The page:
A successful hunt involving more than one bird might involve a coordinated, synchronized effort, like in the case of fish-herding waterbirds, but sometimes the roles of each individual bird are very different.
Parasitic Jaegers hunting smaller birds show a division of labor where one bird flies low to flush the prey while the other swoops in for the kill.
Birds that practice cooperative feeding show various levels of social hierarchy. Fishing Penguins and Pelicans, for example, may have similar status and access to prey when working together, but the female is dominant in pair-hunting Falcons.
The Harris’s Hawk, a textbook example of a cooperative hunting bird species, has a more complex social structure consisting of more than one pair or an established pair and their young from previous years. The adult female is the most dominant individual in these family groups.
Food sharing and mutual feeding are thought to be useful for pair-bond strengthening in some birds, and it is possible that cooperative feeding has similar benefits for birds like the Parasitic Jaeger, which has been observed hunting cooperatively during the breeding season.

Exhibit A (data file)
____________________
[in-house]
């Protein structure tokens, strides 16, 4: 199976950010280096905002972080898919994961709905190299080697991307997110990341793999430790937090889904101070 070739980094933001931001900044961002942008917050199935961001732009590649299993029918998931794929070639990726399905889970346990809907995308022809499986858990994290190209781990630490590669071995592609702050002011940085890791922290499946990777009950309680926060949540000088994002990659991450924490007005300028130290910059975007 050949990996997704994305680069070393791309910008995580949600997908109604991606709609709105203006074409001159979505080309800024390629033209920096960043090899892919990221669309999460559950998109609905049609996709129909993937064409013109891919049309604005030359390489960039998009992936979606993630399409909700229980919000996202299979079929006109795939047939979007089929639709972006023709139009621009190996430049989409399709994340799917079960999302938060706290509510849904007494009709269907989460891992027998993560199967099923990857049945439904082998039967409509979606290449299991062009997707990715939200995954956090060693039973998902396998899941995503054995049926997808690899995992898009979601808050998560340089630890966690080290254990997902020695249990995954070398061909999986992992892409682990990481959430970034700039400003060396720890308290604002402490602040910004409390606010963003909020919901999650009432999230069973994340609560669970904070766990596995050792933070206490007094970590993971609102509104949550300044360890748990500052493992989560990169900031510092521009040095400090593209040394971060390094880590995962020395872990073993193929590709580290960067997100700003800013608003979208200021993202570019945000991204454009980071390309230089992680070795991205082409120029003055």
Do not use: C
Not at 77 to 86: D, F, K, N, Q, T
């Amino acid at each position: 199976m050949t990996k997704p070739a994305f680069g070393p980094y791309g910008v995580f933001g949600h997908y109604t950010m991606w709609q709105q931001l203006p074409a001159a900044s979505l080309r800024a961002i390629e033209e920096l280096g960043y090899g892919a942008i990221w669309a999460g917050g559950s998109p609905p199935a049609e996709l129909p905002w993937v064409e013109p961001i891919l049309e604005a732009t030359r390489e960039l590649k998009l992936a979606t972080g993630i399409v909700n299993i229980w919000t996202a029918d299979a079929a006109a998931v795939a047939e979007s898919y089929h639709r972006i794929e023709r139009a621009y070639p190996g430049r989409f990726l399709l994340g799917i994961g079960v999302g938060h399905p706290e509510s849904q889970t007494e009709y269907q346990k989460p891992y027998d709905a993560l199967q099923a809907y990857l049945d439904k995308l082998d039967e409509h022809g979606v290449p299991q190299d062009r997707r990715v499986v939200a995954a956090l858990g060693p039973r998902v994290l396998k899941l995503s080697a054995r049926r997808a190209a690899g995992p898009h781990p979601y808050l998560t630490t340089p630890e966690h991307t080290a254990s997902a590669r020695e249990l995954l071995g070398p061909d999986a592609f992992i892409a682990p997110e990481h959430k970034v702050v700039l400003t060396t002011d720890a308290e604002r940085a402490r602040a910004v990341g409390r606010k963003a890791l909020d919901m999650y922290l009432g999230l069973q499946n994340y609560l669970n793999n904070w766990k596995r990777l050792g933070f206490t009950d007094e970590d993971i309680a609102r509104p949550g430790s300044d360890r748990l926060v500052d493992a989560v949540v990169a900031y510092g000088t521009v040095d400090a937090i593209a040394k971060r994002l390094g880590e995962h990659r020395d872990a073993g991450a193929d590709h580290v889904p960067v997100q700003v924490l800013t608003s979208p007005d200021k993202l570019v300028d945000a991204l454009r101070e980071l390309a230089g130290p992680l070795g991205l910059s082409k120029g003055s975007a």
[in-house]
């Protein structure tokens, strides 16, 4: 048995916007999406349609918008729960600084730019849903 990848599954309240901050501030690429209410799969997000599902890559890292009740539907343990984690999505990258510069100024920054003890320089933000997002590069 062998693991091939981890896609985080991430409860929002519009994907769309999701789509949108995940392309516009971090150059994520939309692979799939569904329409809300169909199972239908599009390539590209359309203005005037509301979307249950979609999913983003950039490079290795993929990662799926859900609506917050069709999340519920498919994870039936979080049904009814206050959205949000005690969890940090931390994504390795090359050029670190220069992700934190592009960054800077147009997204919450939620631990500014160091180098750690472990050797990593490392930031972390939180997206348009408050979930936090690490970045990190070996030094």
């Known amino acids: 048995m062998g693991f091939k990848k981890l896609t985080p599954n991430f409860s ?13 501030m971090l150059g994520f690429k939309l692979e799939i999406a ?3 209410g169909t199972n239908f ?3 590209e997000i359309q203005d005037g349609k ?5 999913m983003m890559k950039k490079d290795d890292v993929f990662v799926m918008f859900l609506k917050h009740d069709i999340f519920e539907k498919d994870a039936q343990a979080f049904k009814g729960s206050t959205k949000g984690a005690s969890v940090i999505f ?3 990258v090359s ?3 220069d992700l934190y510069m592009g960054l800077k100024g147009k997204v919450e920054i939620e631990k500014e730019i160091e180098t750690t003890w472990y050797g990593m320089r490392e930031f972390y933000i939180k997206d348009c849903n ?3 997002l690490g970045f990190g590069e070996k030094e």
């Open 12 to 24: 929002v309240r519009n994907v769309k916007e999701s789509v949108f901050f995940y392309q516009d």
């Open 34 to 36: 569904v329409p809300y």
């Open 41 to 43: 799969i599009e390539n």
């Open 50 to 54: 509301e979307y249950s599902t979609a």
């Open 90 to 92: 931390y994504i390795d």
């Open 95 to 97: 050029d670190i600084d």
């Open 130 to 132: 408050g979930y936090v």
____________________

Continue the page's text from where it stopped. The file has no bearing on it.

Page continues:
A study on Applamado Falcon pairs (pictured) found that they are more than twice as likely to succeed in making a kill when hunting together
Some Harris’s Hawks (Parabuteo unicinctus) behave more like pack-hunting mammals than birds of prey. These handsome chocolate and chestnut-brown hawks hunt together in small groups of two to seven in open habitats from the Southwest of the United States to Chile and Argentina.
By teaming up, these birds can tackle larger prey and increase their success rate, making more food available per hawk. This behavior is more prevalent in some areas than others, but a study from the shrublands of southeastern New Mexico documented the following major strategies:
The group may split up and hunt in a manner described as ‘leapfrogging’ to systematically search an area while moving in a specific direction.
If large prey like a rabbit is discovered out in the open, the group may attack it from all sides for an efficient kill. If their target takes cover in thick vegetation, some of the birds may enter on foot and scare it out into the open, where the others can swoop in for the kill.
Harris's Hawks (pictured) hunt together in small groups of two to seven in open habitats